Most of my earliest memories involve an obsession with music.
I remember standing in front of the TV while PBS would show concerts of orchestras, waving my arms around, wanting to be the conductor. I thought it was so cool-- all these musicians were looking to one guy for their guidance to make everything come together. I had a plastic toy guitar with green plastic strings that looked like green fishing line; which by the time I was cognitive only had one left on it. There's a photo in a family album of my sister helping me learn how to play a toy violin, I must have been 3 or 4 because my only memory of that event is seeing the photo.
I was obsessed with music. I constantly had earworms. The worst one of my childhood was "Rock Around the Clock" by Bill Haley & His Comets, which was on repeat in my head for a good two weeks. To this day, I still cringe when it comes on. A more recent one was "I Can't Go for That" by Hall & Oates, which also lasted about two weeks. Upon learning how to play guitar, the typical cure for an earworm was to learn how to play the song. No such luck with that catchy little number by Daryl Hall.
It was a bit of a challenge to convince my family to let me actually learn the guitar, though. Both of my older sisters took piano lessons, but never practiced. We were thus deemed an "unmusical" family as a result, despite my father's extensive collection of Chet Atkins and Segovia records, his grandfather's love of playing the saxophone, and my cousin rising to first or second chair violin in the Miami Youth Symphony. For better or worse, the reverse psychology of being told I wasn't going to be able to do something made me want to do it even more. I've been told that stubbornness is a Douglass trait. I don't believe it.
Les Claypool, a favorite from my teenage years, said something along the lines of the bass being "just the crayon" he pulled out of the box. Mine was most certainly the guitar. Hearing great blues/ rock players like Jimmy Page, Jimi Hendrix, and David Gilmour made me wonder how such beautiful sounds could come from such a small instrument; and then it was ultimately Nirvana that made me obsess over figuring out just how the power of so many emotions could be expressed in this way.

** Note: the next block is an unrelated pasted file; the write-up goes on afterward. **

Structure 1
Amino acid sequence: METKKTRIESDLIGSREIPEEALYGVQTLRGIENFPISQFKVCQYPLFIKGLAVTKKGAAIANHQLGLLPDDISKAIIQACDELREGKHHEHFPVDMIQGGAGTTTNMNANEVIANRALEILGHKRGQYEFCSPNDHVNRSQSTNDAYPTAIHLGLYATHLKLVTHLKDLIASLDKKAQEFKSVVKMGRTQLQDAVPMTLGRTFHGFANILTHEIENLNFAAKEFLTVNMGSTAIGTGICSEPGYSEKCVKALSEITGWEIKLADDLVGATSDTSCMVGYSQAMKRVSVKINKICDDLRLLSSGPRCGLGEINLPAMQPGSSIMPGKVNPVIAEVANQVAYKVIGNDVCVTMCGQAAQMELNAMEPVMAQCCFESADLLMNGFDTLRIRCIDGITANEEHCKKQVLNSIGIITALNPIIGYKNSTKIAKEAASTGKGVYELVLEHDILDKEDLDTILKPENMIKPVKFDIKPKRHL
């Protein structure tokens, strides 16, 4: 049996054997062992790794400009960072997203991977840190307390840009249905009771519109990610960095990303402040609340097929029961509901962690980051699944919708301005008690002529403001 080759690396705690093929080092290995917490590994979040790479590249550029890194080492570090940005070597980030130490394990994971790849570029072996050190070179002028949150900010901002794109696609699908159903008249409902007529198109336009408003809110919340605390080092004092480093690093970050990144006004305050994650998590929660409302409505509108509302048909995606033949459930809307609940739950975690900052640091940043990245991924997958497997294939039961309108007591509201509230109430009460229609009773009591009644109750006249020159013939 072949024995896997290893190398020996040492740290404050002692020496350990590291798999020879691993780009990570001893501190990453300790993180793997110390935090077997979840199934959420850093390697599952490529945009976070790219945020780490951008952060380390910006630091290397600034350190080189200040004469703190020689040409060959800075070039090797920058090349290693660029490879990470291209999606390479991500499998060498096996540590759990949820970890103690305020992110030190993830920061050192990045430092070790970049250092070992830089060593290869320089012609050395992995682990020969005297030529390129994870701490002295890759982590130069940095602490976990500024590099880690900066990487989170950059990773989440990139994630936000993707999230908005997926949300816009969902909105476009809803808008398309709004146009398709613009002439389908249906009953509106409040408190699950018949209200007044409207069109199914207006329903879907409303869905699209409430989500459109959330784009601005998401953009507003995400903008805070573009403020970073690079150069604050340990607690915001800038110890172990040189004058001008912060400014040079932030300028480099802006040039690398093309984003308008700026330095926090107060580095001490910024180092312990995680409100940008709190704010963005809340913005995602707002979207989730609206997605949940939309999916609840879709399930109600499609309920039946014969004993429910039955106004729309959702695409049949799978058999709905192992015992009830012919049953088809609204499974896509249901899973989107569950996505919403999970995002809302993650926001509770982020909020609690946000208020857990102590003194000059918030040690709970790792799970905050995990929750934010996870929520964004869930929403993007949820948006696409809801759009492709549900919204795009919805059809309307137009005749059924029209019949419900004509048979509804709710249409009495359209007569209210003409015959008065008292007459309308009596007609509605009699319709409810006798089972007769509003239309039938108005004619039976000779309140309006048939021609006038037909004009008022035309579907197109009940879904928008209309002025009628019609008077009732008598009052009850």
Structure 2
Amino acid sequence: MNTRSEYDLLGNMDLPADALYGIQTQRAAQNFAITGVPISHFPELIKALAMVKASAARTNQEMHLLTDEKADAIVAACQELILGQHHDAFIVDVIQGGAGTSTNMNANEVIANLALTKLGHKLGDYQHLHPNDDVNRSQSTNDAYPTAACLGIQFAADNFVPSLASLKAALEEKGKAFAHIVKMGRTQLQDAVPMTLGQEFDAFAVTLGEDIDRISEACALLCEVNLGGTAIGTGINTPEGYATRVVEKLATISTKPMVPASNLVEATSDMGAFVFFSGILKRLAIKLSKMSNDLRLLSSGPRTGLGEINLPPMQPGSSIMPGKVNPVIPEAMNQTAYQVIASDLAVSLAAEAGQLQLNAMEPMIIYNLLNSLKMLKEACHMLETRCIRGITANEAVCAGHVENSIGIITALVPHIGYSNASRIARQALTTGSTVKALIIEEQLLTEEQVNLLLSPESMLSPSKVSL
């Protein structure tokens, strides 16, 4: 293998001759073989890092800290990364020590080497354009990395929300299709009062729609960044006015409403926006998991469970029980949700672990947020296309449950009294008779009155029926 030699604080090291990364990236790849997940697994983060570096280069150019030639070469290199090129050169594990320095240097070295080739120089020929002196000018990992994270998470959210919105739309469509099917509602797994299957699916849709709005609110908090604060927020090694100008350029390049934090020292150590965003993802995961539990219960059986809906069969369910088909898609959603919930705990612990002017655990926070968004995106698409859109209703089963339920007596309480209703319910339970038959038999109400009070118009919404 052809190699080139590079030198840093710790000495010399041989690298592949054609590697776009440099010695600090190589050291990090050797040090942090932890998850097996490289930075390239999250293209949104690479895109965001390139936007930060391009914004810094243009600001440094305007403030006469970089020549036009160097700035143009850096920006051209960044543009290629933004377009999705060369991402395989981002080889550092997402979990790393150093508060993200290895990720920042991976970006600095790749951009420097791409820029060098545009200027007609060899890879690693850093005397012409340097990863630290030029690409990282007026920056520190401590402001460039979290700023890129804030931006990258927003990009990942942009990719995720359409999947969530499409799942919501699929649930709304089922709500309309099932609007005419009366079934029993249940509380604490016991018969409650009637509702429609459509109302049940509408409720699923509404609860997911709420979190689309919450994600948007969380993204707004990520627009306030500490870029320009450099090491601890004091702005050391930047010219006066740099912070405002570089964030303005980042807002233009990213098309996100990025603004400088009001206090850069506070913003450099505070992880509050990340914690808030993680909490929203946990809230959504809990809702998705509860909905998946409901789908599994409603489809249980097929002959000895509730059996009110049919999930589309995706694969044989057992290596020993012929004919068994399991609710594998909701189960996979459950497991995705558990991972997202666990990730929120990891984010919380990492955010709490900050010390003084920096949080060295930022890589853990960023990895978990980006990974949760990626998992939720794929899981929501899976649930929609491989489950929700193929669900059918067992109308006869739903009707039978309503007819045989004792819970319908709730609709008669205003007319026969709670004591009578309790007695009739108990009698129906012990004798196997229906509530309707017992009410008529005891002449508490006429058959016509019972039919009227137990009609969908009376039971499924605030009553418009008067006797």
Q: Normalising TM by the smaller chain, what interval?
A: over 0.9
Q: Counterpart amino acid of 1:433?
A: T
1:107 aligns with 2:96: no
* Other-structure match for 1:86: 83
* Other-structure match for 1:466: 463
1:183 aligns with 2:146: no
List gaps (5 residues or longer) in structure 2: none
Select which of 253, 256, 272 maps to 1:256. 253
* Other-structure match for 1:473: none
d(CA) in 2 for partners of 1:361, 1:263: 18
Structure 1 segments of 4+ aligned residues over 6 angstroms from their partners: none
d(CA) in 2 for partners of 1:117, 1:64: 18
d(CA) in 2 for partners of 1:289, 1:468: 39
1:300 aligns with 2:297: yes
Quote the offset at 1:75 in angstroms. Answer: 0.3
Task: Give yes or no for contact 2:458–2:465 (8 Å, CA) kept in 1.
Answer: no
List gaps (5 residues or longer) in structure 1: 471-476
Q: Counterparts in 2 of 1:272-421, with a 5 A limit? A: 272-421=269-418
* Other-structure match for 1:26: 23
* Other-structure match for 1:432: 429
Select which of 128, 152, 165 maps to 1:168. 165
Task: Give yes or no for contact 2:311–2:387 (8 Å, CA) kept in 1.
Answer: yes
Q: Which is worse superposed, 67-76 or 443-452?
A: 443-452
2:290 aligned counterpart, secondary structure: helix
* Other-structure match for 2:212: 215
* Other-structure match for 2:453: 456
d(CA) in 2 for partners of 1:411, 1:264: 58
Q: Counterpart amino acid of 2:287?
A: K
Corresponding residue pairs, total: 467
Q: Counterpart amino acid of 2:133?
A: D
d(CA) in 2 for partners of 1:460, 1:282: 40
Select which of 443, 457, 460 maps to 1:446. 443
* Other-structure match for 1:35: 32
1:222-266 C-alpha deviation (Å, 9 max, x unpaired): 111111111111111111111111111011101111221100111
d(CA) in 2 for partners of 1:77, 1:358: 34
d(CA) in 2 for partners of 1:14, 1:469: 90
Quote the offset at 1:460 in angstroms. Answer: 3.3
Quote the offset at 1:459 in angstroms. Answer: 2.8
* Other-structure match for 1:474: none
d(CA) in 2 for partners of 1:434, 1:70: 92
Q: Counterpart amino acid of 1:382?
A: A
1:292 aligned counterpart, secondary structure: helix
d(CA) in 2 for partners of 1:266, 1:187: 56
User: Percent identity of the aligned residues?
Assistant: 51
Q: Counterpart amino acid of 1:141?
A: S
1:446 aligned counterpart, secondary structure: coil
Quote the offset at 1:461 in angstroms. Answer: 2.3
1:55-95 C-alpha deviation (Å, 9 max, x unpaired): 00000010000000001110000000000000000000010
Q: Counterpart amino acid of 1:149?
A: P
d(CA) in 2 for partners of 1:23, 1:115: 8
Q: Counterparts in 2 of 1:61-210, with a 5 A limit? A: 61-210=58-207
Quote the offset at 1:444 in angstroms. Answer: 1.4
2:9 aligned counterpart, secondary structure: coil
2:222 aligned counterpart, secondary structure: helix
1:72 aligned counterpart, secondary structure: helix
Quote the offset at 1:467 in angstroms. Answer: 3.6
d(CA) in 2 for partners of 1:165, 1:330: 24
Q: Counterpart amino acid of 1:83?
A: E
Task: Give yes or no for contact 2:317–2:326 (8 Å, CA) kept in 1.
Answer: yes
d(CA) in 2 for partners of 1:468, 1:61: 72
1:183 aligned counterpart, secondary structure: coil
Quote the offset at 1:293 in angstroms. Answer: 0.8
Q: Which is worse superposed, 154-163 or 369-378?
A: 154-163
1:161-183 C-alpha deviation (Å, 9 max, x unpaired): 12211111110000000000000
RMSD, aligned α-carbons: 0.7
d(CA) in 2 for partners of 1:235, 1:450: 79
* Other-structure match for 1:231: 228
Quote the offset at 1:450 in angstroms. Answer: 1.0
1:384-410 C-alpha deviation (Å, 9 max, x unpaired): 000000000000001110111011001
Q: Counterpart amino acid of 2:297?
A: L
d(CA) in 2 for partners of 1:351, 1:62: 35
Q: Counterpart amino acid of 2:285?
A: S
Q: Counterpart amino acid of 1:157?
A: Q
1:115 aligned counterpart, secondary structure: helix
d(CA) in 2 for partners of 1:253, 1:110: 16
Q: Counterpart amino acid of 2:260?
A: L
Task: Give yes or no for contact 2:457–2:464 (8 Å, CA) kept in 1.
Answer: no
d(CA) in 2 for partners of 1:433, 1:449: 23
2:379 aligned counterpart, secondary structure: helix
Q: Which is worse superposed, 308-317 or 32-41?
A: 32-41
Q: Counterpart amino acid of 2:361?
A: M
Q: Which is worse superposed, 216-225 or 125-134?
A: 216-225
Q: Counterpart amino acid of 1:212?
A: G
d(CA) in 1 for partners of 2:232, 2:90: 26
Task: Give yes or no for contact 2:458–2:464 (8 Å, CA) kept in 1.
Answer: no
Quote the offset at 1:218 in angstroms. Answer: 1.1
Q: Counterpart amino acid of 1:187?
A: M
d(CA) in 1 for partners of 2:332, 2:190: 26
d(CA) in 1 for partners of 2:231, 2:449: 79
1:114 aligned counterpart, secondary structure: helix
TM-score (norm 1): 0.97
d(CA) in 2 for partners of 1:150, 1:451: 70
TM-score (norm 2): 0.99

My first guitar teacher hated Nirvana. He refused to teach me any of their songs. As an adult, I discovered a huge resource of Ted Greene guitar lessons posted on YouTube. In one of those lessons, Ted says that Nirvana was the most interesting rock band to come out, harmonically, since the Beatles. But as a kid I was forced to figure out those songs from songbooks, friends, and by ear. There was no internet back then!
Nonetheless, that first teacher saw that I liked Hendrix and Zeppelin et al., and suggested that I start listening to Stevie Ray Vaughan. From there he said, "You like that? Well, listen to the blues. Stevie is the blues. That's what Hendrix and Jimmy Page were listening to for their inspiration, too."
And it was there that my obsession with improvised music began. I'd buy tapes of Muddy Waters, Albert King, Robert Johnson and hear different versions of the same song. When Pink Floyd would play "Comfortably Numb" live, it was exactly as it sounded on the recording. But, I had 4 different versions, on 4 different albums, of Muddy Waters playing "Mean Red Spider". Not only were they different tempos, they were in different keys, and had different lyrics to boot.
From there I wanted to learn as much as possible about how to improvise. I was turned on to Phish and the Grateful Dead by friends, and would play along to their extended jams, trying to absorb as much as possible. I was introduced to Miles Davis and John Coltrane as well. I'd play along to "All Blues" and "Mr. P.C.", but was in for a harsh awakening when I attempted that with "Giant Steps". It was too fast, and there were too many chord changes involving too many "giant steps" from one key to another. That's where the lifelong study of jazz improvisation began. I was 17, maybe?